The law enforcement official had a short voice mail from April 9 in which someone calling from a number at an NFL office thanks the official, the AP reported. The caller says of the video, “You’re right. It’s terrible,” according to the AP.
The league has denied that anyone in its office had seen the video before it was posted online.
In August, in the wake of criticism over the two-game suspension for Rice, Goodell announced that the NFL had established a six-game unpaid ban for personnel who violate the league’s policy on domestic violence.
A second incident would be punished by a lifetime ban from the league, Goodell said in a letter and memo to the owners of the league’s 32 teams.
Without referring to Rice by name, Goodell acknowledged in his letter that he made the wrong decision in that case.
“I didn’t get it right. Simply put, we have to do better. And we will,” he wrote.
Goodell said circumstances that would warrant a longer suspension include incidents that predate a person’s time with an NFL team or acts that involve choking, repeated blows or a weapon. They also include violence against a pregnant woman or in view of child.
Lifetime bans may be appealed after a year.
Goodell’s letter asked teams to distribute a memo about the new policy to each player and all members of the organizations.
The NFL’s personal conduct policy states that employees are “held to a higher standard” of conduct.
“Persons who fail to live up to this standard of conduct are guilty of conduct detrimental and subject to discipline, even where the conduct itself does not result in conviction of a crime,” the policy states.
In a memo Goodell sent to teams on Monday, the commissioner said he will work with four women “on the development and implementation of the league’s policies, resources and outreach on issues of domestic violence and sexual assault.”
The memo followed a tumultuous week for the man at the helm of the NFL. With Ray Rice suspended indefinitely for hitting his then-fiancee in an elevator, the league saw three more of its players come under scrutiny over domestic violence or child abuse allegations. Two of those players were deactivated for their Sunday games.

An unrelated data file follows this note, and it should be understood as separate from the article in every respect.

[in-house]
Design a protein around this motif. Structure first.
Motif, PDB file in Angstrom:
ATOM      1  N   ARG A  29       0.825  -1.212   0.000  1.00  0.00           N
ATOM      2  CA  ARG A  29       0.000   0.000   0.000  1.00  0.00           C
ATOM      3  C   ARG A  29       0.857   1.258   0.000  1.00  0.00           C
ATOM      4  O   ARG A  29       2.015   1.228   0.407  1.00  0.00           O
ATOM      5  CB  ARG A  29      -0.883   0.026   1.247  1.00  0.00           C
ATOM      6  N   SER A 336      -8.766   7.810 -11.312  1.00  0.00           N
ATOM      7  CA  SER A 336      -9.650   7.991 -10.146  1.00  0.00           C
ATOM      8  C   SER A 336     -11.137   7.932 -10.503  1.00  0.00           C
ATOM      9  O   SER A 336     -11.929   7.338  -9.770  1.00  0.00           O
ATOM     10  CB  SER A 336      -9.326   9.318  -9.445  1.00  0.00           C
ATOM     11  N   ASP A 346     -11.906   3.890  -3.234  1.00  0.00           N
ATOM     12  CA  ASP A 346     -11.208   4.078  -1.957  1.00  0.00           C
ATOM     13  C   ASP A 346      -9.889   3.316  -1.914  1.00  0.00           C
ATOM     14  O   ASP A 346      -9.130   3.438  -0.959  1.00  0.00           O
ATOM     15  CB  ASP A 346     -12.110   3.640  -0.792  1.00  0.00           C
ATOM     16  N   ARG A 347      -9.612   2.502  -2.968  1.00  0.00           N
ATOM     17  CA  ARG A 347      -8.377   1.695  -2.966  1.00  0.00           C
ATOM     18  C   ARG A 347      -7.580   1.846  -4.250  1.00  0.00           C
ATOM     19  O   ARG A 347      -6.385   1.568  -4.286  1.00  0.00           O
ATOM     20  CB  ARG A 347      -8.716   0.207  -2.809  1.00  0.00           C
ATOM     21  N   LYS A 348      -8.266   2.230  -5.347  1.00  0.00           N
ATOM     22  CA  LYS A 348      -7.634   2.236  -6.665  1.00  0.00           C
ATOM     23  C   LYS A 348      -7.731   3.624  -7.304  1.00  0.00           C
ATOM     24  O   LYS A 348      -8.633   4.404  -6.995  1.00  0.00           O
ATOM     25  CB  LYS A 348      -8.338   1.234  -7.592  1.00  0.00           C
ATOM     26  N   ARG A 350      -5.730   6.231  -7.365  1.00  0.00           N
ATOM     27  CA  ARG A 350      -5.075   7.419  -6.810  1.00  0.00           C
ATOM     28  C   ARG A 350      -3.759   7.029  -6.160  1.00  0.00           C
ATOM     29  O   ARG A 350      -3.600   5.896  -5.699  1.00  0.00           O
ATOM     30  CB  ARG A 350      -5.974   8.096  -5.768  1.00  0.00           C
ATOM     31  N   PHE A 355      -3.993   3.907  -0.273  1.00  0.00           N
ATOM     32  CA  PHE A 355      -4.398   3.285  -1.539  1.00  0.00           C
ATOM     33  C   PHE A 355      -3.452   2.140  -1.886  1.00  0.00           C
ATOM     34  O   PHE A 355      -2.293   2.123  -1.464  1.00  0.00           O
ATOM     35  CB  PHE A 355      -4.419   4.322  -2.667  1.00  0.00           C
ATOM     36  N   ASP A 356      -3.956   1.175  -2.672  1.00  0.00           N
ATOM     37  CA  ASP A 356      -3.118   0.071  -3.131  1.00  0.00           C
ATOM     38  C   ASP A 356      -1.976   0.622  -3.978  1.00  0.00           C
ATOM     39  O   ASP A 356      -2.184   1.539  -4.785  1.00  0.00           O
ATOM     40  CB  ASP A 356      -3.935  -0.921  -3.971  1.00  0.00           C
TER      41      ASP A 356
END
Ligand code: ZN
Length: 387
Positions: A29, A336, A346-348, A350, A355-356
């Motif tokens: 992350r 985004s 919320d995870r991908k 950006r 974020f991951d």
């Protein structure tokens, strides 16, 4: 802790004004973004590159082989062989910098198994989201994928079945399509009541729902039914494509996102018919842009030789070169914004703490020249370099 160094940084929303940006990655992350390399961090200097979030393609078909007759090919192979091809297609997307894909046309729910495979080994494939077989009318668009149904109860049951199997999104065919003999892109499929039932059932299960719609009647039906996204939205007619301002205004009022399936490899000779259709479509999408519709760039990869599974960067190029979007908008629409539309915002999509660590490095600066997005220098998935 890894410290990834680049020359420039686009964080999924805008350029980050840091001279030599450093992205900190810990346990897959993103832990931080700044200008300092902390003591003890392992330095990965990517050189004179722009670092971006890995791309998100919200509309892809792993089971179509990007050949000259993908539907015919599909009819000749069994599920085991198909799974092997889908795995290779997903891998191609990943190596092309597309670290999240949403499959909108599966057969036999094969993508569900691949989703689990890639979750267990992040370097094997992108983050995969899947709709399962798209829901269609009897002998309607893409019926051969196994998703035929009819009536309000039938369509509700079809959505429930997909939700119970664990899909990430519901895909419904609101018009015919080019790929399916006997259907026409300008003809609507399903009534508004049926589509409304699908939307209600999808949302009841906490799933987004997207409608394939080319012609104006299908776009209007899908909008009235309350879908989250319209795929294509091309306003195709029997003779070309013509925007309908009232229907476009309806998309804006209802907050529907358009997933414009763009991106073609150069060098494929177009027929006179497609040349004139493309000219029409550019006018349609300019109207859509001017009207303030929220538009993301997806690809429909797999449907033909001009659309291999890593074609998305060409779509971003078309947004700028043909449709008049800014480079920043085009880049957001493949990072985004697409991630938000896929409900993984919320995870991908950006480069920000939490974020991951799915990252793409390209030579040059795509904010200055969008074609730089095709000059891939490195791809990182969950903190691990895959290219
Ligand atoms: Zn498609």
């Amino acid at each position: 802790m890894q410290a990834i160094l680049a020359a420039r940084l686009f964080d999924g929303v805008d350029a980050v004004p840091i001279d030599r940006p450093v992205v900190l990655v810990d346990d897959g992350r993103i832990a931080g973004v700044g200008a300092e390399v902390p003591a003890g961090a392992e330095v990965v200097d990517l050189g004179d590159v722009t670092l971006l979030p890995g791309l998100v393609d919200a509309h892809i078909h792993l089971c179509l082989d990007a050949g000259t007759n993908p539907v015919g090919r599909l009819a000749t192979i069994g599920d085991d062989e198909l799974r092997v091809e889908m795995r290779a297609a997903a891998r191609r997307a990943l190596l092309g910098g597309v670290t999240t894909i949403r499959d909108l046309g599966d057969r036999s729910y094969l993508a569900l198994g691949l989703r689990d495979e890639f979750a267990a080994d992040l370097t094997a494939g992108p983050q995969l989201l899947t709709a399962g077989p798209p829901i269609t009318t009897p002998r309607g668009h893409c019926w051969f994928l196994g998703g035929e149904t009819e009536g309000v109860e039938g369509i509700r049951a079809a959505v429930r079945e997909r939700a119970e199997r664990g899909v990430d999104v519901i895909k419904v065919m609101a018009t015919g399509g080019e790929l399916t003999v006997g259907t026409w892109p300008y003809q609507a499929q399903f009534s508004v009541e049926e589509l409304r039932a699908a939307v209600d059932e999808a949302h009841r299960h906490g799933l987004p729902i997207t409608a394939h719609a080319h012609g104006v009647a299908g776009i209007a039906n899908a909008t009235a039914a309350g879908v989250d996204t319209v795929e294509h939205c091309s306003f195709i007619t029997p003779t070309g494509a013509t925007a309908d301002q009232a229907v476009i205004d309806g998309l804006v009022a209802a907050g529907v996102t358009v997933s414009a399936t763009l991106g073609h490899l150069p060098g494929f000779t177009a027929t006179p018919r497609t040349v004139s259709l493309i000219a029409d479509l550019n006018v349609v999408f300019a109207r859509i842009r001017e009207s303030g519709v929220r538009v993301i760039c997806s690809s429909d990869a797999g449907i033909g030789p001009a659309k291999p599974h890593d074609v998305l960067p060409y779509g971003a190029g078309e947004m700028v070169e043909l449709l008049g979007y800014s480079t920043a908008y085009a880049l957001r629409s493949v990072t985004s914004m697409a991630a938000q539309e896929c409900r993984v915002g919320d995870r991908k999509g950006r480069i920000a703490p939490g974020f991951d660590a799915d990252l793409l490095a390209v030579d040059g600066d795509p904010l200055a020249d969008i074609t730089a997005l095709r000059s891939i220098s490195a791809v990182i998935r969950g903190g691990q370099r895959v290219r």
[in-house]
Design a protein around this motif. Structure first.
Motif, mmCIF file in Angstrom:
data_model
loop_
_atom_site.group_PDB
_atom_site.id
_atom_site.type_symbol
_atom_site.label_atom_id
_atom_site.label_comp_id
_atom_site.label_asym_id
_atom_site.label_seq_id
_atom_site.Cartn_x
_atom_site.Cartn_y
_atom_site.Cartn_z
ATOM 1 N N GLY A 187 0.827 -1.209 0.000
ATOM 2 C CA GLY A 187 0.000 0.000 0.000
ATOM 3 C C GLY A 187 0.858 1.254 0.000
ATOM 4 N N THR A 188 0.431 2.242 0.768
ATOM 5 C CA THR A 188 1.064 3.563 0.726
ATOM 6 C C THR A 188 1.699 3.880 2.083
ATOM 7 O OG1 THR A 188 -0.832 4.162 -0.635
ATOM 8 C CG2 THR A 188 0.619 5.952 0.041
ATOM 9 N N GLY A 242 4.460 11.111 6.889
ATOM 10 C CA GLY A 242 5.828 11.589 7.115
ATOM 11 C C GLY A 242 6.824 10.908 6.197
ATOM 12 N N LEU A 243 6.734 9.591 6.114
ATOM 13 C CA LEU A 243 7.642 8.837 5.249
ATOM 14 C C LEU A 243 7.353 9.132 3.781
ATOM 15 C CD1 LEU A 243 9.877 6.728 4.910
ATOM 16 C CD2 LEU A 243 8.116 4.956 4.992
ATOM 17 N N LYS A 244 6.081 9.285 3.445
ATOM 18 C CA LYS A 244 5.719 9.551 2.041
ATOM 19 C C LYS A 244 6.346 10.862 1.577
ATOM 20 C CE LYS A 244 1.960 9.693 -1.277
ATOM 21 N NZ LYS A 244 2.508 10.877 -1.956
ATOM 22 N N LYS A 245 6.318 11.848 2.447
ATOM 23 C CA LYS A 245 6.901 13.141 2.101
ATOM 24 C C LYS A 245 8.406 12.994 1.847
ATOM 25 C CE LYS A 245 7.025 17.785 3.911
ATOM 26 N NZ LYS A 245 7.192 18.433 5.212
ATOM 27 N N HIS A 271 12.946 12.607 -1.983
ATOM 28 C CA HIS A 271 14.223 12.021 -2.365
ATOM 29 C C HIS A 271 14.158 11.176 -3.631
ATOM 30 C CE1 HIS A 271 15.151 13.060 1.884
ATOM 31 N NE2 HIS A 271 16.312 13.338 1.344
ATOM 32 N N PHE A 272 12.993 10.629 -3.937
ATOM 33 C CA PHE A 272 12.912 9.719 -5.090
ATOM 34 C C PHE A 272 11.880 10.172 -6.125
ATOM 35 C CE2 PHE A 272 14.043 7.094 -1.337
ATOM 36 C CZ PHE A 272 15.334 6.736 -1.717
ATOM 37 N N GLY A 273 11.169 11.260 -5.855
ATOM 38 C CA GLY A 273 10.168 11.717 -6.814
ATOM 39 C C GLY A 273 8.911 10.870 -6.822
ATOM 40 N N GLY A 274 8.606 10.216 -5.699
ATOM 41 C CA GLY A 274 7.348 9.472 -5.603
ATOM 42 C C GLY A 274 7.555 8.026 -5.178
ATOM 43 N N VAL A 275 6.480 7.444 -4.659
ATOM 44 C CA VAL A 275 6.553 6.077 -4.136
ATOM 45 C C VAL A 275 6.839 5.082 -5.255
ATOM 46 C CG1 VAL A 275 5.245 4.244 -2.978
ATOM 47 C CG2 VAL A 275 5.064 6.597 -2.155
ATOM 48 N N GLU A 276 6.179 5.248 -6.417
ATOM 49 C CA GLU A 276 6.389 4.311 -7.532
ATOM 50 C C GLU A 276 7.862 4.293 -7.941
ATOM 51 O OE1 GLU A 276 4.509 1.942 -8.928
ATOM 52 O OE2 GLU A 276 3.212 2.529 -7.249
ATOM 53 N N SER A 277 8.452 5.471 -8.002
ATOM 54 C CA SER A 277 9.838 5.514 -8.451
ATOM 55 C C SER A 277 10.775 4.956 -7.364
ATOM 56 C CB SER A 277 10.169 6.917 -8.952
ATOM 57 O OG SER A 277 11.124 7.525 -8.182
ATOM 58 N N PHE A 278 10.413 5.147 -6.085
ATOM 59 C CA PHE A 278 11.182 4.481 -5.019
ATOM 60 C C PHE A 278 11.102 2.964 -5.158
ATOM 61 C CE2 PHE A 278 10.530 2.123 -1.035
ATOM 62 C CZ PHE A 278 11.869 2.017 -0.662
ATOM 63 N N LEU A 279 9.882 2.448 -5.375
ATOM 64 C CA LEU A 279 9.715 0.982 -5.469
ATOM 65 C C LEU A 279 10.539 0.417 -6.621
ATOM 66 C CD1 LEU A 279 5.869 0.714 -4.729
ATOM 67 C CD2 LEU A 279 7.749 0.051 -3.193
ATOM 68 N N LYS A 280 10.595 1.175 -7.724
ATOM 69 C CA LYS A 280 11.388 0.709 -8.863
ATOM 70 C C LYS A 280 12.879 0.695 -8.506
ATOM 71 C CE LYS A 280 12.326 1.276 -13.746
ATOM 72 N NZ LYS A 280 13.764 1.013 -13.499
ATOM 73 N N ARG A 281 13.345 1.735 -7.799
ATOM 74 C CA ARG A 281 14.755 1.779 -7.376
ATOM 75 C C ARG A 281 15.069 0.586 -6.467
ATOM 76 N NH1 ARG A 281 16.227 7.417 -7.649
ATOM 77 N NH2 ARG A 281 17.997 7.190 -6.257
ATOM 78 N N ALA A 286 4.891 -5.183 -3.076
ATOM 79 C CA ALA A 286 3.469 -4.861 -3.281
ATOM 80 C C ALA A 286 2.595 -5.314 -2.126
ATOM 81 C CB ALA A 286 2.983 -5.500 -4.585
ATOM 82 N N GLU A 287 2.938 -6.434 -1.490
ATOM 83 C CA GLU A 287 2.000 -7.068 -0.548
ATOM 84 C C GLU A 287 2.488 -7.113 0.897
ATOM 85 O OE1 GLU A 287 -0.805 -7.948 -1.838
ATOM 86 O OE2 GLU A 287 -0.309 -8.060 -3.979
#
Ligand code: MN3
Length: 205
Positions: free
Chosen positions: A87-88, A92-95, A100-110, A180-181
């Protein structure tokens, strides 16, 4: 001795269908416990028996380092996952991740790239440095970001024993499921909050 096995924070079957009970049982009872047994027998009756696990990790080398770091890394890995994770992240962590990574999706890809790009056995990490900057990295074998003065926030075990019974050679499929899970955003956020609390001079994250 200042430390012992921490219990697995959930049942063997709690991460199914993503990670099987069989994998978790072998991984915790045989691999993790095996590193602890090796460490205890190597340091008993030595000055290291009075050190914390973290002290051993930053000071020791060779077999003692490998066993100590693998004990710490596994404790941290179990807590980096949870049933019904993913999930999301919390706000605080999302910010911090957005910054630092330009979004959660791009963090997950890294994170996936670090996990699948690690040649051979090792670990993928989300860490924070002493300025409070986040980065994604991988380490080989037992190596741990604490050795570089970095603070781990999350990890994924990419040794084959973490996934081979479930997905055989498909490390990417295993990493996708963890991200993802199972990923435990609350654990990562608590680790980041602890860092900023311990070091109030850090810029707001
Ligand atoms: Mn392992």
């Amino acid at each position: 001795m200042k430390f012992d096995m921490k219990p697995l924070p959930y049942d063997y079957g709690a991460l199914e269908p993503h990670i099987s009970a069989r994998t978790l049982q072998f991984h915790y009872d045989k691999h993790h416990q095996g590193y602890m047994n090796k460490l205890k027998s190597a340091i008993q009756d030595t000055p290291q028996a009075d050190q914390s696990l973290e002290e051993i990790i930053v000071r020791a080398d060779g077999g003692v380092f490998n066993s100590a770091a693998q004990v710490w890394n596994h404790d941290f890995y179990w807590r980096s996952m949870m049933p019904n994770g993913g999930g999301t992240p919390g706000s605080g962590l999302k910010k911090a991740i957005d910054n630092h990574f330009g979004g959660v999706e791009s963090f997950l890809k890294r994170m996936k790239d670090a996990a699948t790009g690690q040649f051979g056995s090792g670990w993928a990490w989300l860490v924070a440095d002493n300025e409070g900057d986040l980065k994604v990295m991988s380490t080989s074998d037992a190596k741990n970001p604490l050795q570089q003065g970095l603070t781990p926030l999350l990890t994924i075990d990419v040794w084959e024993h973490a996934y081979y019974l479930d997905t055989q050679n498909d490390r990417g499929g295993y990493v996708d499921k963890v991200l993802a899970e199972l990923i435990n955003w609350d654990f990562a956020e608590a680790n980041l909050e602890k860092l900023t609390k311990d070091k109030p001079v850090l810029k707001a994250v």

Adrian Peterson of the Minnesota Vikings was deactivated after an East Texas grand jury indicted him on a child abuse charge. Peterson’s lawyer has said his client is innocent, and the Minnesota Vikings’ owners announced that Peterson will return to practice this week and is scheduled to play Sunday.
The Carolina Panthers’ Greg Hardy was scheduled to play Sunday but was deactivated shortly before game time following an outcry over his domestic violence case. Authorities say Hardy choked his then-girlfriend, threw her around, dragged her by her hair and threatened to kill her.
He was sentenced in July to 18 months of probation and a 60-day suspended sentence after a bench trial; he has appealed that ruling and a jury trial is scheduled for November.
Ray McDonald was allowed to play in the San Francisco 49ers’ Sunday night game against the Chicago Bears, but California Lt. Gov. Gavin Newsom has asked the team to suspend McDonald after his arrest on domestic violence charges last month.
Police were called to a birthday party at McDonald’s home on August 31 and determined McDonald had been involved in an altercation with his fiancée, who was 10 weeks pregnant, The Sacramento Bee reported.
At a press conference Monday, Carolina Panthers head coach Ron Rivera said the discussions on Hardy have been internal and that there have been no outside consultants.
Rivera would not say whether Hardy would be on the active roster Sunday night against the Pittsburgh Steelers. Hardy played in week one against the Tampa Bay Buccaneers but was deactivated for Sunday’s game against the Detroit Lions.
On Friday, Goodell was again expected to answer critics during his biggest crises as commissioner.